Oh Happy Day

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For other uses, see Oh Happy Day (disambiguation).
"Oh Happy Day"
Single by Edwin Hawkins Singers
from the album Let Us Go Into the House of the Lord
B-side "Jesus, Lover of My Soul"
Released 1968 (April 1969, U.S.)
Format LP
Recorded 1967, Ephesian Church of God in Christ, Berkeley, California
Genre Gospel
Length 4:59
Label Pavilion/Buddah
Writer(s) Edwin Hawkins, based on 18th-century hymn
Producer(s) Edwin Hawkins
Certification Gold (RIAA)
Edwin Hawkins Singers singles chronology
"Oh Happy Day"
(1969)
"All God's Children Got Soul"
(1969)

"Oh Happy Day" is a 1967 gospel music arrangement of an 18th-century hymn. Recorded by the Edwin Hawkins Singers, it became an international hit in 1969, reaching No. 4 on the US Singles Chart, No. 1 in France, Germany and the Netherlands and No. 2 on both the UK singles chart and Irish Singles Chart. It has since become a gospel music standard.

The recording is notable for the muted piano, drum and bass backing and the dominant use of the left-hand stereo channel which features the performance of lead singer, Dorothy Combs Morrison. The recording was made at Hawkin's church, the Ephesian Church of God in Christ in Berkeley, California.[1]

Origins[edit]

Edwin Hawkins’ gospel style arrangement of the hymn "Oh, Happy Day" has a long pedigree: It began as a hymn written in the mid-18th century ("O happy day, that fixed my choice") by English clergyman Philip Doddridge (based on Acts 8:35) set to an earlier melody (1704) by J. A. Freylinghausen. By the mid-19th century it had been given a new melody by Edward F. Rimbault, who also added a chorus,[2] and was commonly used for baptismal or confirmation ceremonies in the UK and USA. The 20th century saw its adaptation from 3/4 to 4/4 time and this new arrangement by Hawkins, which contains only the repeated Rimbault refrain, with all of the original verses being omitted.

The B-side of the single was Hawkins' own modern arrangement of "Jesus, Lover of My Soul" originally written by Charles Wesley in 1740.[3][4]

Legacy and influence[edit]

Hawkins' arrangement quickly became a “standard” and has been recorded by hundreds of artists. It was included on the RIAA Songs of the Century list and won Hawkins a Grammy Award for Best Soul Gospel Performance in 1970 (performed by the Edwin Hawkins Singers).[5] He is still active and is now an elder statesman for the Contemporary Gospel style which "Oh Happy Day" helped found.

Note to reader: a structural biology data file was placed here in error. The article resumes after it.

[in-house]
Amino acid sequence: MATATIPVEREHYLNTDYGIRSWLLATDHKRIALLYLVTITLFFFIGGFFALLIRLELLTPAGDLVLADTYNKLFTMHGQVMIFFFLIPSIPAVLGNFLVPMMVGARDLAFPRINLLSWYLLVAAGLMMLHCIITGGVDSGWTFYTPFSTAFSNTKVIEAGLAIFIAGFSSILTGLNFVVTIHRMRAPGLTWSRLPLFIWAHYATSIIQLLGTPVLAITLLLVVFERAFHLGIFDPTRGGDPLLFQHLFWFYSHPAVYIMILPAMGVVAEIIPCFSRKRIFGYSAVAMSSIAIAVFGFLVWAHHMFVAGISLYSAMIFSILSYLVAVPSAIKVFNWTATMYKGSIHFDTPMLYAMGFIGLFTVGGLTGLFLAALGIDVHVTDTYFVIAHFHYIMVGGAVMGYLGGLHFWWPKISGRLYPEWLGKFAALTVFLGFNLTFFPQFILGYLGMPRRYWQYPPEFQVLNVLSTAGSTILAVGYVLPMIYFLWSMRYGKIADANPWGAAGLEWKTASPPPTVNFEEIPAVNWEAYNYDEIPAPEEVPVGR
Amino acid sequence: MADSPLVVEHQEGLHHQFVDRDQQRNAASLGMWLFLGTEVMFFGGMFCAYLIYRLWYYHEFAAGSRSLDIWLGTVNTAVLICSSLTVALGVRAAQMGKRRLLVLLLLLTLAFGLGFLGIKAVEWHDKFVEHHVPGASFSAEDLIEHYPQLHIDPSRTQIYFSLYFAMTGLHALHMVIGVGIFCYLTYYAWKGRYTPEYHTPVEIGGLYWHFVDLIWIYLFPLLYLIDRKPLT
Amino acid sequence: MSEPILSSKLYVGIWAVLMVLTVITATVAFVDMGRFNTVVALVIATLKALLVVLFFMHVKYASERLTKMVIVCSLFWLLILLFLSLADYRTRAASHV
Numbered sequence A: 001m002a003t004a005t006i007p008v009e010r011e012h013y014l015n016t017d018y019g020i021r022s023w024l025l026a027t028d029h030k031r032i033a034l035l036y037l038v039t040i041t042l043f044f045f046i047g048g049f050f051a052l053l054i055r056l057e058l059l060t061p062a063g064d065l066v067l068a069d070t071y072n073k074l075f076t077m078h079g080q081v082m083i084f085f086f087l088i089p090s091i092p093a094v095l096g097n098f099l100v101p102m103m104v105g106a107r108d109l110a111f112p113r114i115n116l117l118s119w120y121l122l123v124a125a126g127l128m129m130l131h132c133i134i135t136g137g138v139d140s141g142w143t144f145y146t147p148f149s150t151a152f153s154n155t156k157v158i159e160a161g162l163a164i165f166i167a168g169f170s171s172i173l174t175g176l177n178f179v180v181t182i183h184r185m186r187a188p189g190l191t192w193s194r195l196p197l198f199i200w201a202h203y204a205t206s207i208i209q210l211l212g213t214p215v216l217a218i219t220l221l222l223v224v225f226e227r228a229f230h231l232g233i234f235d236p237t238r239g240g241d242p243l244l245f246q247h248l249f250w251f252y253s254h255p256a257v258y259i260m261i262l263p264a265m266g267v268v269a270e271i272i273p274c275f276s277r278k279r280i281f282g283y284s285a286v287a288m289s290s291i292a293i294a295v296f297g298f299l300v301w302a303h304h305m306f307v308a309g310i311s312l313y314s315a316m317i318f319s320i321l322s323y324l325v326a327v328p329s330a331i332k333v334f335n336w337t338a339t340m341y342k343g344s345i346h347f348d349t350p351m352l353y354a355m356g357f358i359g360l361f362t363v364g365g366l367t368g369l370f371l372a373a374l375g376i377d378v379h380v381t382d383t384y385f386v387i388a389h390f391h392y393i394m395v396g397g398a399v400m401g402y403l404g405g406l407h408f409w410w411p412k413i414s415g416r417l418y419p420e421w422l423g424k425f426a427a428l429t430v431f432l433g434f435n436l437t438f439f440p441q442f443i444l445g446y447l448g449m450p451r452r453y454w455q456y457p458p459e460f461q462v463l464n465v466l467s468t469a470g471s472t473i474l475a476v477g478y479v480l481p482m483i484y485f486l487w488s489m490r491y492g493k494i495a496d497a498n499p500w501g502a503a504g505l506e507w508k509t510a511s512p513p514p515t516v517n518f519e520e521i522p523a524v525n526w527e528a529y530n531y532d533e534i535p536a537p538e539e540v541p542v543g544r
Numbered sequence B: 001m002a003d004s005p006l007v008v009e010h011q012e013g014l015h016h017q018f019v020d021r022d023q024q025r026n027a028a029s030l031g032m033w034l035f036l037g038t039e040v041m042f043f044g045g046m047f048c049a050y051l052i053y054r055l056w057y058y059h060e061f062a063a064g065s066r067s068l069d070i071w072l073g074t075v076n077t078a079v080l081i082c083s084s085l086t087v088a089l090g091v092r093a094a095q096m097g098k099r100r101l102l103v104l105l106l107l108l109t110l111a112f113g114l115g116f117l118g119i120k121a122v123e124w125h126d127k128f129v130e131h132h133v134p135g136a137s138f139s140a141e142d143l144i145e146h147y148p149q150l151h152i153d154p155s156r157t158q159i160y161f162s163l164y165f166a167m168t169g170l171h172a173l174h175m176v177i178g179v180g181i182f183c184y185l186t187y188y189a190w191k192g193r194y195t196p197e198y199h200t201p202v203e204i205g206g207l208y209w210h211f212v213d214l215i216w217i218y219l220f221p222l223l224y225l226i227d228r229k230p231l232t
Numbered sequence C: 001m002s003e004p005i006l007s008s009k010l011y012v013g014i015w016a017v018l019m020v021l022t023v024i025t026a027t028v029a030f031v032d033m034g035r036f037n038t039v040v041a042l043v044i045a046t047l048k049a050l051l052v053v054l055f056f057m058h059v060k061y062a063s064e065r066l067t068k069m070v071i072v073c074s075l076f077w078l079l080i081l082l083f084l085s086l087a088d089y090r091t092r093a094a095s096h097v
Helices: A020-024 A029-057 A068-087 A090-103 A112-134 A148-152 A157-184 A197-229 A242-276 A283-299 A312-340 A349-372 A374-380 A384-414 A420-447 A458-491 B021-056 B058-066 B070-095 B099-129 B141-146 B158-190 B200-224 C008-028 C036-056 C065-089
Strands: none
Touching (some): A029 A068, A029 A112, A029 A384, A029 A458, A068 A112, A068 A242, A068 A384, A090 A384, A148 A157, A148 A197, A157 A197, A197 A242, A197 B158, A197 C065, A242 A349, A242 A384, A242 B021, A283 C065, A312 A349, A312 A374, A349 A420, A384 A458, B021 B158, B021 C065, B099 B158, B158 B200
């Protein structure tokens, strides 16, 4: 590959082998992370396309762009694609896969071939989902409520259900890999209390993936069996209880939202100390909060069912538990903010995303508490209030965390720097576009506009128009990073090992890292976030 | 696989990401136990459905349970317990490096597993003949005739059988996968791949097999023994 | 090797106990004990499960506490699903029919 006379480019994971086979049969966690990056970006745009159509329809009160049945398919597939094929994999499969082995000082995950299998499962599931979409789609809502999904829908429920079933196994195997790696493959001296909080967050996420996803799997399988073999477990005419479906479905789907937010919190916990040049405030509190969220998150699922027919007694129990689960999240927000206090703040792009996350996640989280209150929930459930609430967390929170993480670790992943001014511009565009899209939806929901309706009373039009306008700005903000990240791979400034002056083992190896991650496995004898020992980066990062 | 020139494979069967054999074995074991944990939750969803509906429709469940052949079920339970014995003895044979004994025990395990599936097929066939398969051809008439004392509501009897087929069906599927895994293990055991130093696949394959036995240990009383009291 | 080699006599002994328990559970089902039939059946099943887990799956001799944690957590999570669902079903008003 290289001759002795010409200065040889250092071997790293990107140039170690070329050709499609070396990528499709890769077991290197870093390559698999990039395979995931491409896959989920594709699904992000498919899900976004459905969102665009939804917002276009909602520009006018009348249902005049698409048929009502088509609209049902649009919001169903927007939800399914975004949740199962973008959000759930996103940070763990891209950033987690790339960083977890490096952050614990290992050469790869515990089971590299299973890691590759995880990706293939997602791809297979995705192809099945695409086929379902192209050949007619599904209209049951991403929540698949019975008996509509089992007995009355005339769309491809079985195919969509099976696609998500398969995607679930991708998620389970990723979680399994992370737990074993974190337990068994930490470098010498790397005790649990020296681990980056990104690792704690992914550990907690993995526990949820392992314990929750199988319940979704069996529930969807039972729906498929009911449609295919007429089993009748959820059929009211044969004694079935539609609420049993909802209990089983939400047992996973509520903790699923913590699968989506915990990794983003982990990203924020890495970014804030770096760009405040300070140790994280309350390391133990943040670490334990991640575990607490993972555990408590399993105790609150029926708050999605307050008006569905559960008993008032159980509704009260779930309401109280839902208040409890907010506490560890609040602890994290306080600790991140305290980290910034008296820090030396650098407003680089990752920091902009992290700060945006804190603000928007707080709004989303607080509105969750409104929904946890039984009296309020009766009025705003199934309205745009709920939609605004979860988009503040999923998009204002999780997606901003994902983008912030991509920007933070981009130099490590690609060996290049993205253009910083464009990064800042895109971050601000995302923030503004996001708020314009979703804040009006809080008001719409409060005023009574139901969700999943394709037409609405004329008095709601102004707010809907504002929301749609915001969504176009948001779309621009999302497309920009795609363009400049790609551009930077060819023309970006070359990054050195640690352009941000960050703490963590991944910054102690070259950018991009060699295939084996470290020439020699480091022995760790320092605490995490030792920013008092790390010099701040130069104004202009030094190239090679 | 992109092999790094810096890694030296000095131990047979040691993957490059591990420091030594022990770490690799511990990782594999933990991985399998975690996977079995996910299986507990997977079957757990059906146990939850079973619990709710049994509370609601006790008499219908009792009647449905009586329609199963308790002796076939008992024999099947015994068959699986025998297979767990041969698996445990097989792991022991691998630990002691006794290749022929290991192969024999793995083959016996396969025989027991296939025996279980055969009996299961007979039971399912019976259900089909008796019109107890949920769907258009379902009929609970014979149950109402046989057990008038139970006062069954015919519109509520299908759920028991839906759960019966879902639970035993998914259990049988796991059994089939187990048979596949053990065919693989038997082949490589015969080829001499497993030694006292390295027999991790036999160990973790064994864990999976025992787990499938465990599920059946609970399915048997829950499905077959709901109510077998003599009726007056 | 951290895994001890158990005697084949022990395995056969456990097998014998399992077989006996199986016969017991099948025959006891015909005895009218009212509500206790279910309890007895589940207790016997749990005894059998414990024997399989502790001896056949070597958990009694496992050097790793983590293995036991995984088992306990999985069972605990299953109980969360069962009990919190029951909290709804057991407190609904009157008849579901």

In live performances and acoustic versions of the Nick Cave song "Deanna" (1988), portions of "Oh Happy Day" are included, revealing the inspiration for Cave's song.[6] George Harrison has stated the song was a primary inspiration in the writing of his 1970 international hit single "My Sweet Lord."[7]

The song has appeared in many movies, beginning with the German film Seventeen and Anxious in 1970, but most notably Whoopi Goldberg's Sister Act 2,[8] with then-17-year-old Ryan Toby singing lead. The song also appears in Big Momma's House,[9] Nutty Professor II: The Klumps,[10] David LaChapelle's 2005 movie Rize,[11] Robin William's 2007 movie License to Wed.,[12] and in 2010 biographical film produced by Walt Disney Pictures: Secretariat.

A version was performed and recorded by Spiritualized on their 1998 live album Royal Albert Hall October 10 1997.

Chart performance[edit]

Personnel[edit]

Independently released on the albumLet us go into the house of the Lord (1968). Commercially released as a 7" single on Pavilion Records April 1969, then on the Buddah Records album Oh Happy Day in 1969

Awards[edit]

Other versions[edit]

References[edit]

  1. ^ [1]
  2. ^ P. Doddridge and E. F. Rimbault, "Happy Day", in Joseph Flintoft Berry and Charles H. Gabriel (1914), edd., Hymns of the Heart, New York: Methodist Book Concern, Hymn 134.
  3. ^ [2]
  4. ^ [3]
  5. ^ Hawkins Grammy Award 1970, Washington Post.
  6. ^ Acoustic Version Video on YouTube
  7. ^ DeMain, Bill. "George Harrison’s 'My Sweet Lord' Copyright Case". Performing Songwriter. Retrieved 2013-01-30.
  8. ^ Sister Act 2: Back In The Habit, IMDB Soundtrack Track Listing.
  9. ^ Big Momma's House, IMDB Soundtrack Track Listing.
  10. ^ Nutty Professor II: The Klumps, IMDB Soundtrack Track Listing.
  11. ^ IMDB Rize Soundtrack Track Listing.
  12. ^ IMDB License to Wed Soundtrack Track Listing.
  13. ^ http://www.bac-lac.gc.ca/eng/discover/films-videos-sound-recordings/rpm/Pages/image.aspx?Image=nlc008388.6150&URLjpg=http%3a%2f%2fwww.collectionscanada.gc.ca%2fobj%2f028020%2ff4%2fnlc008388.6150.gif&Ecopy=nlc008388.6150
  14. ^ http://www.bac-lac.gc.ca/eng/discover/films-videos-sound-recordings/rpm/Pages/image.aspx?Image=nlc008388.6159&URLjpg=http%3a%2f%2fwww.collectionscanada.gc.ca%2fobj%2f028020%2ff4%2fnlc008388.6159.gif&Ecopy=nlc008388.6159
  15. ^ http://www.flavourofnz.co.nz/index.php?qpageID=search%20listener&qartistid=1236#n_view_location
  16. ^ [Joel Whitburn's Top Pop Singles 1955–2002]
  17. ^ http://rateyourmusic.com/list/goldwax317/1969__the_top_100_soul_randb_singles/
  18. ^ http://50.6.195.142/archives/60s_files/19690607.html
  19. ^ http://www.collectionscanada.gc.ca/rpm/028020-119.01-e.php?brws_s=1&file_num=nlc008388.6104&type=1&interval=24&PHPSESSID=mhe12pta2k83e08udtq66ot062
  20. ^ http://www.uk-charts.top-source.info/top-100-1969.shtml
  21. ^ http://www.musicoutfitters.com/topsongs/1969.htm
  22. ^ http://rateyourmusic.com/list/goldwax317/1969__the_top_100_soul_randb_singles/
  23. ^ http://50.6.195.142/archives/60s_files/19690607.html
  24. ^ Enzo Giannelli. "Domodossola". Gino Castaldo (ed.). Dizionario della canzone italiana. Curcio Editore, 1990.
  25. ^ Eddy Anselmi. "I Domodossola". Festival di Sanremo: almanacco illustrato della canzone italiana. Panini Comics, 2009. ISBN 8863462291. 

External links[edit]